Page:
Today's Good News

Updated: May 20

Today's collection of uplifting news nuggets.

  • One good turn deserves another: Back in 1847, members of the Choctaw tribe of Oklahoma sent $170 to help starving Irish families during the Great Famine. Their act of generosity was not forgotten and, many years later, almost 70,000 Irish men and women have raised $4 million on GoFundMe. Their goal is to help the Native American tribe during the coronavirus pandemic and to return an old favour.⁠

  • Britain's wind farms set a new clean energy record on Monday, generating almost half of all electricity, thanks to the blustery bank holiday weather powering the country's onshore and offshore wind turbines.

  • Meanwhile, across the Channel, the EU signs historic deal that makes its climate goals legally binding. Under the new law, the bloc will cut carbon emissions by at least 55 percent by 2030, compared to 1990 levels, and achieve carbon neutrality by 2050. The pact paves the way for tougher rules that will affect all industries and include reinforcing carbon pricing mechanisms, fostering energy savings, ramping up the production of renewable energy, boosting sustainable transport, and curbing imports of products associated with deforestation.

  • A species of owl not seen for 125 years has been rediscovered and photographed in mountainous forests in the north of the island of Borneo, in the Malaysian state of Sabah. The Bornean subspecies of rajah scops owl (Otus brookii brookii) was found and photographed by Smithsonian Migratory Bird Centre ecologist Andy Boyce, and it is now believed it may be its own unique species. The photograph of the “mythical bird”, is the first time it has been documented in the wild since 1892.

  • In good news for those who like a quiet life, Donald Trump's ban from Facebook has been confirmed after the company's independent appeals board upheld his suspension for supporting the rioters who stormed the US Capitol in January.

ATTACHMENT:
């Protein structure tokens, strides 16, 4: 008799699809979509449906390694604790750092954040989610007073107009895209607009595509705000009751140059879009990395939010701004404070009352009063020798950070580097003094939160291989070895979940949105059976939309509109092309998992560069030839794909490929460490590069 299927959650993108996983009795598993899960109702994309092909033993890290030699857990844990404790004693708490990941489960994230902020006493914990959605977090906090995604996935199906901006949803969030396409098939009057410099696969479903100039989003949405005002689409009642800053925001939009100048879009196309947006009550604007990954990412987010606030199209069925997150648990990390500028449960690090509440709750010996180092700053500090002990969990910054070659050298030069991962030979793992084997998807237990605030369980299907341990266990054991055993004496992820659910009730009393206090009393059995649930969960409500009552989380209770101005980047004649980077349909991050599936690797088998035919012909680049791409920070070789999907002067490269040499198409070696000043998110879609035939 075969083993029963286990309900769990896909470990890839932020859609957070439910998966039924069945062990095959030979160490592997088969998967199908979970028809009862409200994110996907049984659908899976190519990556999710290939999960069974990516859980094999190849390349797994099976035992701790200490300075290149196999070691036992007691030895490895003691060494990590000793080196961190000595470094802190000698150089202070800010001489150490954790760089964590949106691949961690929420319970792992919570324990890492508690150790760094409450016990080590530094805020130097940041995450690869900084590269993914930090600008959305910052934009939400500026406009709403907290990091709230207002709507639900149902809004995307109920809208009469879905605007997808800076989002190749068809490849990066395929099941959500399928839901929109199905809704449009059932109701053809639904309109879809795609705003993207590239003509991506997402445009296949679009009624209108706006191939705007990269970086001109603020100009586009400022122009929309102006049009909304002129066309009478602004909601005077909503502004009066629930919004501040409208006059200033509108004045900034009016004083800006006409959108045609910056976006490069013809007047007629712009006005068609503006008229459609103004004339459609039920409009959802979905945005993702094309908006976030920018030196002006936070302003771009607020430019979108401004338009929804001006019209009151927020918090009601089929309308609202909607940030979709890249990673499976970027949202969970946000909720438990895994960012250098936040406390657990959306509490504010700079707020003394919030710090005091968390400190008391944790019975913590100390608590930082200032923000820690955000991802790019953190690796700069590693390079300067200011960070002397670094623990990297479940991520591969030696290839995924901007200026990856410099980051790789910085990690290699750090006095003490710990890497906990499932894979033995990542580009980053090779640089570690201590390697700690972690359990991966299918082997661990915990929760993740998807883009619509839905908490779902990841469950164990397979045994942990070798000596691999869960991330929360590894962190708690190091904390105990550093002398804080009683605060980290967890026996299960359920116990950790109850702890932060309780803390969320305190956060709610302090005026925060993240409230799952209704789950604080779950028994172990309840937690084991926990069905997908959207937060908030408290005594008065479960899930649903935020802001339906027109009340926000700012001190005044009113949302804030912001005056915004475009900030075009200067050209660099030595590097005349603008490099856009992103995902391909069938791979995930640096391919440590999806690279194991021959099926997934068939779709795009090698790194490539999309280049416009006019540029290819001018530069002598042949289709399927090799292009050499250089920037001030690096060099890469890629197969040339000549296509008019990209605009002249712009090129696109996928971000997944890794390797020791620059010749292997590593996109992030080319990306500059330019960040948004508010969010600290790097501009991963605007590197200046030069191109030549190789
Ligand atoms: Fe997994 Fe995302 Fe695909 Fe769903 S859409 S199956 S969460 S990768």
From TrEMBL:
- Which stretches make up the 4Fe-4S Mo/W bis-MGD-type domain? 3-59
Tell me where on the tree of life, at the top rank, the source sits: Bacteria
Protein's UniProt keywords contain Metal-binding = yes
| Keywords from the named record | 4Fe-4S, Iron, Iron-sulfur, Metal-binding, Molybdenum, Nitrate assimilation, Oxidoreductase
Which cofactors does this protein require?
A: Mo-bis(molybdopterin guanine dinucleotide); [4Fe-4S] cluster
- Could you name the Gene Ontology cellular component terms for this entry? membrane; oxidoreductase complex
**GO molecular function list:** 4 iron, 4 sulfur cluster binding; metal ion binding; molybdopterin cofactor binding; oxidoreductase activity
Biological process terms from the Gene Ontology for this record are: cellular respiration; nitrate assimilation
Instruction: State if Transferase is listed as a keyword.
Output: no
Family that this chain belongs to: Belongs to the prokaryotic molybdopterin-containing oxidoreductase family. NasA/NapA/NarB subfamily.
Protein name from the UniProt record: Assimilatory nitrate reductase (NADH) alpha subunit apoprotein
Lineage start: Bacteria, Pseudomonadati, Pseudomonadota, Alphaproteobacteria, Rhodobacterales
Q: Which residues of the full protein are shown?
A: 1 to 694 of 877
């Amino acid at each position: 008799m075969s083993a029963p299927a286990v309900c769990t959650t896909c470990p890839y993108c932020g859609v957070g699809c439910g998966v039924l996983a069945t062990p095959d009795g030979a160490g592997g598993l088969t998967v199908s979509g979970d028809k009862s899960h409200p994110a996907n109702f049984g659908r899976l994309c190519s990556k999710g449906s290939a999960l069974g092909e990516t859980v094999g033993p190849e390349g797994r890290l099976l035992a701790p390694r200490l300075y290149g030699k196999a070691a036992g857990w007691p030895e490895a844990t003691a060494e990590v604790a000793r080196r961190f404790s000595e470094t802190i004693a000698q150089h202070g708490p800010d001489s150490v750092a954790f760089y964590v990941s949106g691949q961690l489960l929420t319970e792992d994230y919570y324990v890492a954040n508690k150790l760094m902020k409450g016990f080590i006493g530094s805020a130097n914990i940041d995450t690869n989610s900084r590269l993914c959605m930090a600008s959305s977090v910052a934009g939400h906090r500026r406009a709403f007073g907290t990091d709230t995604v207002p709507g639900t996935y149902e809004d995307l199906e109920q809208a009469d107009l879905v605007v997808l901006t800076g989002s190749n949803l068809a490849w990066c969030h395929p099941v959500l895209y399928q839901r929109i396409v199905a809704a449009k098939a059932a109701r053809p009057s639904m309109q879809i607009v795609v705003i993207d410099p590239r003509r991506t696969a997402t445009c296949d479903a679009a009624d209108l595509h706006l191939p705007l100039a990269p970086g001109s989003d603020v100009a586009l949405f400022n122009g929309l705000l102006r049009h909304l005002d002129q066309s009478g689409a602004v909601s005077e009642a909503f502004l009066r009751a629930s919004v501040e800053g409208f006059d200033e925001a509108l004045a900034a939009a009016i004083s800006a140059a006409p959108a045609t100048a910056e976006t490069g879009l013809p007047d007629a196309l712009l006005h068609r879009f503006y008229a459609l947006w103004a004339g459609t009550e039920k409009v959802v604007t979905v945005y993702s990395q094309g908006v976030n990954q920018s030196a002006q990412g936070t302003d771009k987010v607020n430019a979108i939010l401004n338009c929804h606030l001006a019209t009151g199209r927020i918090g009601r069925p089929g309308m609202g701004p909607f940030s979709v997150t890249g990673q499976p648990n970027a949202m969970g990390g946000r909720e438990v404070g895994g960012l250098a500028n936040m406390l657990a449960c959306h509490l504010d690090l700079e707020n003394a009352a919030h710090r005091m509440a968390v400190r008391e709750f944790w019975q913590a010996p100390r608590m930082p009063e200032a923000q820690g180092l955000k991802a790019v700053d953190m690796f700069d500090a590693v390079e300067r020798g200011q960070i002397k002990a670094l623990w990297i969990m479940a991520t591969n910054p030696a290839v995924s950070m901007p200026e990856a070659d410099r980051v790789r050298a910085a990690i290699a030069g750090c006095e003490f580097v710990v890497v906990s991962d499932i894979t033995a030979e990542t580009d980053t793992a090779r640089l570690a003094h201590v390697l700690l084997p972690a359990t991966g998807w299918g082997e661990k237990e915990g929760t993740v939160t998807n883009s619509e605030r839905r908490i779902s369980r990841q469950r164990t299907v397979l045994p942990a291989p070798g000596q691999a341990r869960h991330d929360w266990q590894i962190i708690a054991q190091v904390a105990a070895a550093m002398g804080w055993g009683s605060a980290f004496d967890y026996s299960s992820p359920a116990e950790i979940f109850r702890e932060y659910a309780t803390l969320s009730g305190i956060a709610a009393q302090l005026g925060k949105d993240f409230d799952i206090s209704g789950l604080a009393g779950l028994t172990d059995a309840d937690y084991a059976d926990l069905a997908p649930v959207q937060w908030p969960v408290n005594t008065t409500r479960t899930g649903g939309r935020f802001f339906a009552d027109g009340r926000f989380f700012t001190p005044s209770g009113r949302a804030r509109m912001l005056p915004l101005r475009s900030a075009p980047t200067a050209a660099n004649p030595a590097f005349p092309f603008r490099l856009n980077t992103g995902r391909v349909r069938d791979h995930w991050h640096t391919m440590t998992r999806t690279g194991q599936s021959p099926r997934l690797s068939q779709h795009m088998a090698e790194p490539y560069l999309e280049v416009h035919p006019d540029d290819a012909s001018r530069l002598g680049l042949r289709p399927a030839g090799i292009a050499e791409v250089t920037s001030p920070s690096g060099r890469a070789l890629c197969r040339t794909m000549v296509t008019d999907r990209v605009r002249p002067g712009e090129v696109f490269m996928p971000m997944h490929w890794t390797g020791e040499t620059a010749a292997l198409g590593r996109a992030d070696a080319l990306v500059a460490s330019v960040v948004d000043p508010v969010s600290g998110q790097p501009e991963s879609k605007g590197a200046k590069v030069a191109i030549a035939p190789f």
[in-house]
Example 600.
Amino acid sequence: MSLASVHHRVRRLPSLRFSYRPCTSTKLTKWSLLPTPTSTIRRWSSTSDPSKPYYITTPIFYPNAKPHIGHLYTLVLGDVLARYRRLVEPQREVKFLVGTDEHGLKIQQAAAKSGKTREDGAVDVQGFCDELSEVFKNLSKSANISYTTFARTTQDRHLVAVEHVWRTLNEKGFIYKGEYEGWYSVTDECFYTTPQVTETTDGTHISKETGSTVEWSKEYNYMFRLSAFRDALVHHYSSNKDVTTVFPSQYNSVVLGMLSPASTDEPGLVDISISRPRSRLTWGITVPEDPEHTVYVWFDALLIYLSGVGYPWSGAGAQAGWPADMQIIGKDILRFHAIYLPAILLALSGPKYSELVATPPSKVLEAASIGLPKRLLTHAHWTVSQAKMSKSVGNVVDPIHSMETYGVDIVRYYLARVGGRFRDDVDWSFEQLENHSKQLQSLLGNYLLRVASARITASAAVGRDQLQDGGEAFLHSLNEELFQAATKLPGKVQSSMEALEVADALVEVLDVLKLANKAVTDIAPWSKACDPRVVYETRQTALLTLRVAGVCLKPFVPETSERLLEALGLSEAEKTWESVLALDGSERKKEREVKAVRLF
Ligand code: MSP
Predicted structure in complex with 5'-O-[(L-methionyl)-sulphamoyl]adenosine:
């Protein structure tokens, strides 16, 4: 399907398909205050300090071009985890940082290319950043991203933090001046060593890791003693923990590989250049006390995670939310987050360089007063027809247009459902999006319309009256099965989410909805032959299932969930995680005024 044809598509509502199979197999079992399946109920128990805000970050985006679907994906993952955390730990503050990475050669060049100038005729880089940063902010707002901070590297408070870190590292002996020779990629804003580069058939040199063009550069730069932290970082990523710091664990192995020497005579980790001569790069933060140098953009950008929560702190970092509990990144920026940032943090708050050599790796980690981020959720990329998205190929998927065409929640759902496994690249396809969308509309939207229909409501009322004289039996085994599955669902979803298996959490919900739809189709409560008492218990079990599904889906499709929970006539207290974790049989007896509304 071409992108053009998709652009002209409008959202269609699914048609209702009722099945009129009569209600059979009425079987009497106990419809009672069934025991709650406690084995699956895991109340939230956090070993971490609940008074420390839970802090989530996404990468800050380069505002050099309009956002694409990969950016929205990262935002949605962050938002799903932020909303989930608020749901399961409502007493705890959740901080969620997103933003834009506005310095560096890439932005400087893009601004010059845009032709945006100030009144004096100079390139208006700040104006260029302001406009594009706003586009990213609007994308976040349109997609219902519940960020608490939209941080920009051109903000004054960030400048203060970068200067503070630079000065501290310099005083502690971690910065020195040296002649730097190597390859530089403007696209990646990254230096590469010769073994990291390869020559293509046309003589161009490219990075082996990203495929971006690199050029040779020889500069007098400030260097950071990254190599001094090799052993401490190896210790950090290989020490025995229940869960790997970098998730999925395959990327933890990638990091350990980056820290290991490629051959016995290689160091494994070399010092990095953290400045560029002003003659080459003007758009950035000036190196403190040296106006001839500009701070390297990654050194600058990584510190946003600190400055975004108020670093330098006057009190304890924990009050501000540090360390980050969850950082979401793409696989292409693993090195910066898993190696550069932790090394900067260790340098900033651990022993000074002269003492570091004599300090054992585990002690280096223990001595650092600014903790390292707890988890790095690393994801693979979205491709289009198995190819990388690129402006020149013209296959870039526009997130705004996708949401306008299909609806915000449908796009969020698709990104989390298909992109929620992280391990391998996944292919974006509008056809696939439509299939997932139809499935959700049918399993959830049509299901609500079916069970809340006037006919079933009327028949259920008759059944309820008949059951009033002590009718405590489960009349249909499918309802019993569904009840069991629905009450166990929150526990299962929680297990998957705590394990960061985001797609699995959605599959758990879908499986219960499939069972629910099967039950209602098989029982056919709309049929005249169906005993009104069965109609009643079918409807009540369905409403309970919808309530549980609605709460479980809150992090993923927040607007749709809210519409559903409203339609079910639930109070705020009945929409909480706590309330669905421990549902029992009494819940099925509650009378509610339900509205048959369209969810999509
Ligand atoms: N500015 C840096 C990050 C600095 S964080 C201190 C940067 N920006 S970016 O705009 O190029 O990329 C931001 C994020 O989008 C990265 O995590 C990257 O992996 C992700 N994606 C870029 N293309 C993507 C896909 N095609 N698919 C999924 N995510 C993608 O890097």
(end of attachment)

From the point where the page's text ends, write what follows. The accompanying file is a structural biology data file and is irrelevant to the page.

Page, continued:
• Swap and go: In a simple but brilliant idea that could be adopted worldwide for long haul road freight, an Australian company is to trial electric trucks with swappable batteries allowing almost non-stop travel for heavy vehicles between Sydney and Brisbane, a distance of 970km (600 miles). Developed by Janus Electric, the batteries can be swapped in three minutes, removing the need for trucks to plug in and charge for several hours. And, of course, there's no need for charging points either.

  • Co-op, the UK supermarket chain, is to make its vegan 'meat' cost the same as the real thing as part of plans to go carbon-neutral by 2025. The supermarket chain is to cut the price of its plant-based sausages, burgers and mince to bring them in line with the meat versions, in an effort to tempt consumers into more eco-friendly eating habits.

  • Pandora, the jewellery brand, will stop using mined diamonds. The Danish firm is the largest producer of jewellery in the world and will begin using stones created in a laboratory as they are identical to excavated ones. “They have the same optical, chemical, thermal and physical characteristics and are graded by the same standards known as the four Cs – cut, colour, clarity and carat,” the company stated. The company said 60 percent of the energy used to create its new “Brilliance” collection for the UK, featuring artificial diamonds, had come from renewable sources. When the product line is released outside Britain in 2022 that figure will jump to 100 percent, it claimed.

Dive in Deeper

Magic meercat moments...

Some of the most magical moments of filming meerkats for BBC Planet Earth Live in the harsh environment of the Kalahari desert.